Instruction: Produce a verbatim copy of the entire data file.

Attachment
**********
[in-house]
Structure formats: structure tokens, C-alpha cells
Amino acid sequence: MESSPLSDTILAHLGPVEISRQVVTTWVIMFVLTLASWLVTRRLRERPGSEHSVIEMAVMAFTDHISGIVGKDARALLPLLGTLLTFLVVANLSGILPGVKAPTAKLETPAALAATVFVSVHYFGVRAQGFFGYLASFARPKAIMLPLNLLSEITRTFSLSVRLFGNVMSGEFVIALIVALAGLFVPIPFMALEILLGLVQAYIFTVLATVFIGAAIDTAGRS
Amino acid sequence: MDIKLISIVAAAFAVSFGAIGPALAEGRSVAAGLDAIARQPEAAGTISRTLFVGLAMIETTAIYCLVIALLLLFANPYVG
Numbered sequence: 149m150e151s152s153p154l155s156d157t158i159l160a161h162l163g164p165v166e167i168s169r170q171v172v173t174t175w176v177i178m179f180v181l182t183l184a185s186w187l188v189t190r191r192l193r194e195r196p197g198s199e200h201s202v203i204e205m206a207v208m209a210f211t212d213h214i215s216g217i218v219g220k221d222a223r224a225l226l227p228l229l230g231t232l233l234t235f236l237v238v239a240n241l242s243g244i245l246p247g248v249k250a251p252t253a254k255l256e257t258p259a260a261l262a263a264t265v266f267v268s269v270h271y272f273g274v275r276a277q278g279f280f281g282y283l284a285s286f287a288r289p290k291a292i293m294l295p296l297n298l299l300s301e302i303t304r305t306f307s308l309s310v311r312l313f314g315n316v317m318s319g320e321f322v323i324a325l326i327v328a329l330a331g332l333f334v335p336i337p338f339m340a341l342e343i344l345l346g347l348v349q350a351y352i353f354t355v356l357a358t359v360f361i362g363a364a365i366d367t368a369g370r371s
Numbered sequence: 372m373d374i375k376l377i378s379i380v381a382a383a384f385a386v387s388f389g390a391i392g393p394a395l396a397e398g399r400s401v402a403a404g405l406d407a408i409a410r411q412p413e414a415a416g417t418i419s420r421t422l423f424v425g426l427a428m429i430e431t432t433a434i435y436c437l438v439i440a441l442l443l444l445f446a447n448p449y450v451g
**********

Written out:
[in-house]
Structure formats: structure tokens, C-alpha cells
Amino acid sequence: MESSPLSDTILAHLGPVEISRQVVTTWVIMFVLTLASWLVTRRLRERPGSEHSVIEMAVMAFTDHISGIVGKDARALLPLLGTLLTFLVVANLSGILPGVKAPTAKLETPAALAATVFVSVHYFGVRAQGFFGYLASFARPKAIMLPLNLLSEITRTFSLSVRLFGNVMSGEFVIALIVALAGLFVPIPFMALEILLGLVQAYIFTVLATVFIGAAIDTAGRS
Amino acid sequence: MDIKLISIVAAAFAVSFGAIGPALAEGRSVAAGLDAIARQPEAAGTISRTLFVGLAMIETTAIYCLVIALLLLFANPYVG
Numbered sequence: 149m150e151s152s153p154l155s156d157t158i159l160a161h162l163g164p165v166e167i168s169r170q171v172v173t174t175w176v177i178m179f180v181l182t183l184a185s186w187l188v189t190r191r192l193r194e195r196p197g198s199e200h201s202v203i204e205m206a207v208m209a210f211t212d213h214i215s216g217i218v219g220k221d222a223r224a225l226l227p228l229l230g231t232l233l234t235f236l237v238v239a240n241l242s243g244i245l246p247g248v249k250a251p252t253a254k255l256e257t258p259a260a261l262a263a264t265v266f267v268s269v270h271y272f273g274v275r276a277q278g279f280f281g282y283l284a285s286f287a288r289p290k291a292i293m294l295p296l297n298l299l300s301e302i303t304r305t306f307s308l309s310v311r312l313f314g315n316v317m318s319g320e321f322v323i324a325l326i327v328a329l330a331g332l333f334v335p336i337p338f339m340a341l342e343i344l345l346g347l348v349q350a351y352i353f354t355v356l357a358t359v360f361i362g363a364a365i366d367t368a369g370r371s
Numbered sequence: 372m373d374i375k376l377i378s379i380v381a382a383a384f385a386v387s388f389g390a391i392g393p394a395l396a397e398g399r400s401v402a403a404g405l406d407a408i409a410r411q412p413e414a415a416g417t418i419s420r421t422l423f424v425g426l427a428m429i430e431t432t433a434i435y436c437l438v439i440a441l442l443l444l445f446a447n448p449y450v451g